Not Who Are These Guys
Sorry. It’s taking longer than I thought to put the reference together for that post, which is about the essential natures of classic characters.
Clean Up on Aisle WW
In my review of New 52 Wonder Woman #1-4, I complained about Wonder Woman head butting a centaur. Seemed to me that would hurt her as much as the centaur. Several commenters insisted that the head butt is a legitimate hand-to-hand (head-to-head?) combat tactic.
I suppose that if you slammed the hardest part of your head into the squishier, more breakable parts of someone else’s, the nose and mouth, for instance, they will be hurt worse than you so I concede the point. But, don’t you just hate it when you get those nasty tooth shards stuck in your forehead?
Anonymous/TKay pointed out that the first page of #3 was in medias res, that is, it was actually the last page. He’s almost right. The second page is the last page, and when I checked it out again, the meaning of Hippolyta’s words, mysterious to me on my readings, became clear.
I am familiar with the technique. I’ve seen movies that used it, though I’m having trouble calling any to mind. I think Angels and Insects did, and if I remember right, I had no trouble with that. TKay said it took him three readings of WW #3 to suss it out. He said that a clue was that Aleka, who had been punched by Wonder Woman, was leaning on another Amazon’s shoulder.
|WW 3, Page 1|
Honestly, I took that as camaraderie.
Near the end of the book, Wonder Woman hit Aleka hard enough to send blood spewing, but there was no sign of damage to Aleka on page 1, presumably moments later.
|WW 3, Page 17|
Moreover, the last page shows Wonder Woman, tossing down the torch and striding away from the pyres. Panels before, she vowed she was leaving never to return, and started walking away. On the last page, she’s well on her way—pyres behind her. The final panel shows her a substantial distance away from the pyres and the crowd. Hermes, Zola and Strife are trailing after her, also some distance from the pyres and the crowd.
But on the first page, Hermes, Zola and Strife are in front of the crowd, standing, facing the pyres. Near Aleka, in fact, in what seemed to be the center of the crowd. What did they do, decide to circle back, find a good viewing spot and watch the flames for a while?
The creators do not make it easy to follow along at home.
Most of all, I was so taken aback by Strife, who caused all the deaths, standing there among the mourners, her presence being tolerated by the Amazons, their Queen and Wonder Woman, that I was, what’s a good word…? Distracted.
Still, I probably should have figured out that the scene was in medias res. Sorry.
Other than that, I stand by what I said.
Everyone else is entitled to his or her opinion, too. You like what you like for whatever reasons. If something works for you, it works. Let freedom ring.
However, one other comment does merit a reply: Stuart Moore thought he’d better clue me in that “stories can be told all different ways…”
When have I ever said otherwise?
But whichever way you pick, you have to make it work. I take ‘em one at a time and I calls ‘em as I sees ‘em.
DC’s First Editorial Standards, Marvel Profanity
This comment came in:
Anonymous has left a new comment on your post “Wonder Woman #1 – 4, More“:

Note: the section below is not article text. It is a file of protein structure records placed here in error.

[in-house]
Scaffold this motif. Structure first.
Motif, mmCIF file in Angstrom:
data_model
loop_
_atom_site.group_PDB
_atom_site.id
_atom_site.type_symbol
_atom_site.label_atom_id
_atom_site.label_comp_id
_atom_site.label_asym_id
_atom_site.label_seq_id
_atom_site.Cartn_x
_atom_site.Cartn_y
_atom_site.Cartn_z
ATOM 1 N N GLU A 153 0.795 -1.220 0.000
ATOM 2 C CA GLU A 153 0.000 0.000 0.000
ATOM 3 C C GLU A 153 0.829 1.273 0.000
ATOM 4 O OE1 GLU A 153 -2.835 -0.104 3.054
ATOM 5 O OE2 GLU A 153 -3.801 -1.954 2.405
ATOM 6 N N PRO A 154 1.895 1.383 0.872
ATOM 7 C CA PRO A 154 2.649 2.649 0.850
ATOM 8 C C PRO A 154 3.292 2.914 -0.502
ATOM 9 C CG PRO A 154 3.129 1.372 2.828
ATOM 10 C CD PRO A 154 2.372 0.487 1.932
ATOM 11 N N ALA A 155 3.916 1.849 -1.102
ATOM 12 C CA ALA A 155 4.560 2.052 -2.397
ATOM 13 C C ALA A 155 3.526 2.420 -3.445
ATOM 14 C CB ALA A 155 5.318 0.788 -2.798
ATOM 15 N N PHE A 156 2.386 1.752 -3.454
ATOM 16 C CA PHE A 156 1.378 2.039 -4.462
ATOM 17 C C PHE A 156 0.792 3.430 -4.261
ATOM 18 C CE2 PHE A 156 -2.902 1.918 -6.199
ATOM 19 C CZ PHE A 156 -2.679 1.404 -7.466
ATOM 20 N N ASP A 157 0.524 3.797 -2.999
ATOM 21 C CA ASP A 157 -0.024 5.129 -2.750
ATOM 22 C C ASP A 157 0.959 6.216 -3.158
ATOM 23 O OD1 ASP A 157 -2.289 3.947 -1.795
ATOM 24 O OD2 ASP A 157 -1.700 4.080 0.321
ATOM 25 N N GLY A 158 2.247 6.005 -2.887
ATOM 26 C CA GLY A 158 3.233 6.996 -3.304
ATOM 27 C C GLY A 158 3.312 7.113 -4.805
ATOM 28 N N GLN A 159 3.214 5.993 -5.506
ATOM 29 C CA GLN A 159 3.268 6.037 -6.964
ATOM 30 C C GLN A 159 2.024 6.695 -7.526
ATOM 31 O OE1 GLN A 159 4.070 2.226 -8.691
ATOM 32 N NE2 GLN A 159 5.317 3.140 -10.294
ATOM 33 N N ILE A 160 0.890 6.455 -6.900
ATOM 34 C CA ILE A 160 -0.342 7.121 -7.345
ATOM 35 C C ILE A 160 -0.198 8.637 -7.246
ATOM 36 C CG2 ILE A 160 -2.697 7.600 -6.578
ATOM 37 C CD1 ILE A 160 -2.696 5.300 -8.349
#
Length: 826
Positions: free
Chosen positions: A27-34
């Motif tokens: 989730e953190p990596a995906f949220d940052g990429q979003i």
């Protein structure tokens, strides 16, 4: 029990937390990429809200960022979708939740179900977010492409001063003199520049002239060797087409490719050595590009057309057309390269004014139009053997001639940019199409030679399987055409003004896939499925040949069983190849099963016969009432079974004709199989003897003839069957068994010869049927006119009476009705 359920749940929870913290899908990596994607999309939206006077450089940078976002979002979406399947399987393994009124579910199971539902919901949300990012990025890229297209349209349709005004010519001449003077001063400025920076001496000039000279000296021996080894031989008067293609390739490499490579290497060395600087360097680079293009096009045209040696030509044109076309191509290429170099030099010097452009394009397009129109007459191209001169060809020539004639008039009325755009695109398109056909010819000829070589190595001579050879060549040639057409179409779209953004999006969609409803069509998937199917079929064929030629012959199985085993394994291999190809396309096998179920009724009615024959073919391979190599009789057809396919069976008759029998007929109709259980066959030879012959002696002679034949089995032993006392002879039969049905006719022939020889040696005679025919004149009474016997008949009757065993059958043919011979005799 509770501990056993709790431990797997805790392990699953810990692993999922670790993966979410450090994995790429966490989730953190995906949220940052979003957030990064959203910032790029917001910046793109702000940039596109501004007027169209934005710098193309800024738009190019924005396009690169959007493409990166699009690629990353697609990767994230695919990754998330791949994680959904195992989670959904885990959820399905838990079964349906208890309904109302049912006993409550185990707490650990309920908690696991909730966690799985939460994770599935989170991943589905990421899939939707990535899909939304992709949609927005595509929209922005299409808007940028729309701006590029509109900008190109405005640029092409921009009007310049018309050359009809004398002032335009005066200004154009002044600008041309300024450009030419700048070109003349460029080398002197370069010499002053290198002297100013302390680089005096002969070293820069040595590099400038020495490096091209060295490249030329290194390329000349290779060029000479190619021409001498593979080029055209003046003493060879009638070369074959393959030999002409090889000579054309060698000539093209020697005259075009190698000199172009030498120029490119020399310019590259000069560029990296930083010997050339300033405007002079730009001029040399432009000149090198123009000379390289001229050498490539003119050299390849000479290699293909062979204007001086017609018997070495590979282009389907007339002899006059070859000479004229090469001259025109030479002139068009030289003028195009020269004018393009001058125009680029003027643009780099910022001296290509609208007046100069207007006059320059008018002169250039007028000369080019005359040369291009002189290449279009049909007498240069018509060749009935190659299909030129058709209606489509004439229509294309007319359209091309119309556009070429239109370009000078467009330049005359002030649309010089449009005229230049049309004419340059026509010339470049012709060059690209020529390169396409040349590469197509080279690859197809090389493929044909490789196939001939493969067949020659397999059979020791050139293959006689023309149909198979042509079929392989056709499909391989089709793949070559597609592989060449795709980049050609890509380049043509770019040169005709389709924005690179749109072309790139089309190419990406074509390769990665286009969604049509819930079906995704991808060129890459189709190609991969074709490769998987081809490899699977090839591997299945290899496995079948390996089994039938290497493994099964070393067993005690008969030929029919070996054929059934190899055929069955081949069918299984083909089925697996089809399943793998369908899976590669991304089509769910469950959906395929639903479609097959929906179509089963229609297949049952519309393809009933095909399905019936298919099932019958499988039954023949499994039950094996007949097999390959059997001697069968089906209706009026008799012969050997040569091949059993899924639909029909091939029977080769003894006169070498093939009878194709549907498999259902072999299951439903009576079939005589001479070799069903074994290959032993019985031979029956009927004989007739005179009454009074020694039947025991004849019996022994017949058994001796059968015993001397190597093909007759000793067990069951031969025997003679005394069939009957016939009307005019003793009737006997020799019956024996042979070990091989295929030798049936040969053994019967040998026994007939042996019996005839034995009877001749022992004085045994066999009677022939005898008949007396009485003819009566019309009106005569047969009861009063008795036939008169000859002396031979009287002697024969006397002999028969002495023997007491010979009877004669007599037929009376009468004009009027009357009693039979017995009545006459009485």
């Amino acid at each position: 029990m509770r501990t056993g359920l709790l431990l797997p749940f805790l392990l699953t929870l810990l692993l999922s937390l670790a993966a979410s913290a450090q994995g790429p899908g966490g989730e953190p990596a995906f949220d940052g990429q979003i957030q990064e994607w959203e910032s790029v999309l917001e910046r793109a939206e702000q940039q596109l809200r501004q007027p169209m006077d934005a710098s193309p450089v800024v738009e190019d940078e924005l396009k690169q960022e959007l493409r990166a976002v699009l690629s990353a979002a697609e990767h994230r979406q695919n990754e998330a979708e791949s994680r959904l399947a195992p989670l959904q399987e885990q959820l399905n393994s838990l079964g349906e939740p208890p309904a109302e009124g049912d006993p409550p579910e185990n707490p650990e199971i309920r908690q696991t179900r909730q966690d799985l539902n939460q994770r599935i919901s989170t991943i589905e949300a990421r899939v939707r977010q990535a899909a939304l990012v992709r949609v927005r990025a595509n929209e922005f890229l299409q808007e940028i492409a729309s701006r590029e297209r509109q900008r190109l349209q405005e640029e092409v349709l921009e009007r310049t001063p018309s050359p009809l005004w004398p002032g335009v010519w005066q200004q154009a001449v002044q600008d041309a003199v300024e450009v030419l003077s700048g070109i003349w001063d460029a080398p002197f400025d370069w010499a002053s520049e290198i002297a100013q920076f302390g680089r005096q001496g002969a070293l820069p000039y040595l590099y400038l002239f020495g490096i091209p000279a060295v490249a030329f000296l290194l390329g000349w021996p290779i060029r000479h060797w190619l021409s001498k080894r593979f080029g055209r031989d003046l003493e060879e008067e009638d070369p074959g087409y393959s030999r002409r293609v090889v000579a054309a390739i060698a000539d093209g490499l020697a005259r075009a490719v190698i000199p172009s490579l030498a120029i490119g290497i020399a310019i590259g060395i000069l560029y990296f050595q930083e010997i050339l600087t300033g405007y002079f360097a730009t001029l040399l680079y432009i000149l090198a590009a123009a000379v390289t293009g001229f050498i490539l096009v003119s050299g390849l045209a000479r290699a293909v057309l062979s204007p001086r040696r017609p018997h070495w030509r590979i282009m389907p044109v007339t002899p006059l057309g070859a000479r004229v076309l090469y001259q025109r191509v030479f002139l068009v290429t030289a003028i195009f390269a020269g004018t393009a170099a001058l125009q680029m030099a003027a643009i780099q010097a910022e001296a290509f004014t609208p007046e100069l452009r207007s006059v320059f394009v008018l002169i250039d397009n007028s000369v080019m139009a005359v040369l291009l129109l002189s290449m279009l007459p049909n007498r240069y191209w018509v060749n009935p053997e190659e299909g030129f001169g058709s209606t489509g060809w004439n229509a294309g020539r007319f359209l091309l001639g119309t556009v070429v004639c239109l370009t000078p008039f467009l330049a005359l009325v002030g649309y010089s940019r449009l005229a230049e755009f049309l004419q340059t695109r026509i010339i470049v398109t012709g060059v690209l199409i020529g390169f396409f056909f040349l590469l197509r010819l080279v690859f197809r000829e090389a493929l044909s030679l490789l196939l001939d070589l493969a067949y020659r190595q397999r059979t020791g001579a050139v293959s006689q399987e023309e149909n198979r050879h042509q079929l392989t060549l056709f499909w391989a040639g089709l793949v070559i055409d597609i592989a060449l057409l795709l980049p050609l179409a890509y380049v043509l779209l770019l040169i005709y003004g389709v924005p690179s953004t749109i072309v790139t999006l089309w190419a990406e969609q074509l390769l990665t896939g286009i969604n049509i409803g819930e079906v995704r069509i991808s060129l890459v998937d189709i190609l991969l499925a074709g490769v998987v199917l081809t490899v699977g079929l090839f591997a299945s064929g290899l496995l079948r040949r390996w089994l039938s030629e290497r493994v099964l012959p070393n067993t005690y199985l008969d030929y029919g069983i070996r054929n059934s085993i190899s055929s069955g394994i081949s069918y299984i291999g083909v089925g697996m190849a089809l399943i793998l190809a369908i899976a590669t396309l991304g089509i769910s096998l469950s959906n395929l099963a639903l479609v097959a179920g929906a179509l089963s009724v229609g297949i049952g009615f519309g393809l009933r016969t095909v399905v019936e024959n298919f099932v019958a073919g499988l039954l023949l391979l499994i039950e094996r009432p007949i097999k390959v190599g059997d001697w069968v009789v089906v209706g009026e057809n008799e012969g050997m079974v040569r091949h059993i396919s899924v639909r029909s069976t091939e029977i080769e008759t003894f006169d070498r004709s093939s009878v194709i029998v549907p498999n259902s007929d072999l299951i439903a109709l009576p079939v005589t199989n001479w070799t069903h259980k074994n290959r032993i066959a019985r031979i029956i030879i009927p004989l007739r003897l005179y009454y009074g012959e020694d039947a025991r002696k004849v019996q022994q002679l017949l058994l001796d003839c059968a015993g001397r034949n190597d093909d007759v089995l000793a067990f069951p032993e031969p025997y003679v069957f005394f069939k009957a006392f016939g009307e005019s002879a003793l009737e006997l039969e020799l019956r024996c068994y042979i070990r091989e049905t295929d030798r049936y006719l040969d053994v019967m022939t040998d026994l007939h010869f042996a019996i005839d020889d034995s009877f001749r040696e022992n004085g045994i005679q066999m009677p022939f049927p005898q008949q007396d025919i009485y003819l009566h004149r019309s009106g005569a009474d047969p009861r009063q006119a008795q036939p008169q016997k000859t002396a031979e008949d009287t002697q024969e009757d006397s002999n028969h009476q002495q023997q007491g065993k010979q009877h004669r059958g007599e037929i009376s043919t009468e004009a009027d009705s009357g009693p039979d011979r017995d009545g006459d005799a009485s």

I’d be curious to know Jim’s opinion on profanity and so forth in comics. Frank Miller was openly critical of Garth Ennis’ Preacher when it came out.
Posted by Anonymous to Jim Shooter at January 24, 2012 11:47 AM
Depends on the comic. When I was at Marvel and our newsstand comics were on spinner racks that touted them as wholesome entertainment for kids, I wouldn’t allow profanity. In EPIC Comics, sure. In comics not limited by a commitment to the Comics Code or otherwise, then any non-actionable material is okay by me. Boiled Angel was okay by me, though not the sort of thing I particularly cared to read. Penthouse Comix were okay by me. Freedom of expression is okay by me. I am a supporter of CBLDF. The debate gets a little muddy with characters like Superman and Batman. Their comics were made for and sold to kids for a long time. Does the lingering perception that stories featuring them appeal to children limit them? That has been debated on and off here. I don’t know. DC owns those particular characters and will make whatever judgment they see fit. If it were up to me, if I were managing the careers of those characters, I would probably keep them at the prime time broadcast TV level of mature content, and no more. If I were managing the career of Mickey Mouse, I’d keep him squeaky clean. : )
Apropos of that, these are some things I came across recently:
Here’s the first anti-profanity memo I wrote at Marvel.
I sent several more such memos along the way after that. Some were a little more elaborate, but the drift was the same: no profanity in newsstand books and I wanted to be in the loop if someone planned to use hells or damns in, say, an all-direct book.
I never wrote a “guidelines” memo for Marvel Creators. I didn’t have to. The editors knew my feelings about staying within the same limits as broadcast, prime time TV in all our color comics, and unlike today’s editors, they actually exerted some governance over the books in their care. (As little as possible, mind you. My goal, and most of them agreed, was to encourage creators who had vision and some chops to do their thing and provide training and help those who needed it. But, I digress….)
My memos and directives about content weren’t meant for EPIC material. Archie knew what he was doing and didn’t need me honking at him. I think Archie drew the line at anything that would cause his books to be pulled off the stands and sold from behind the counter.
NEXT: Made to Order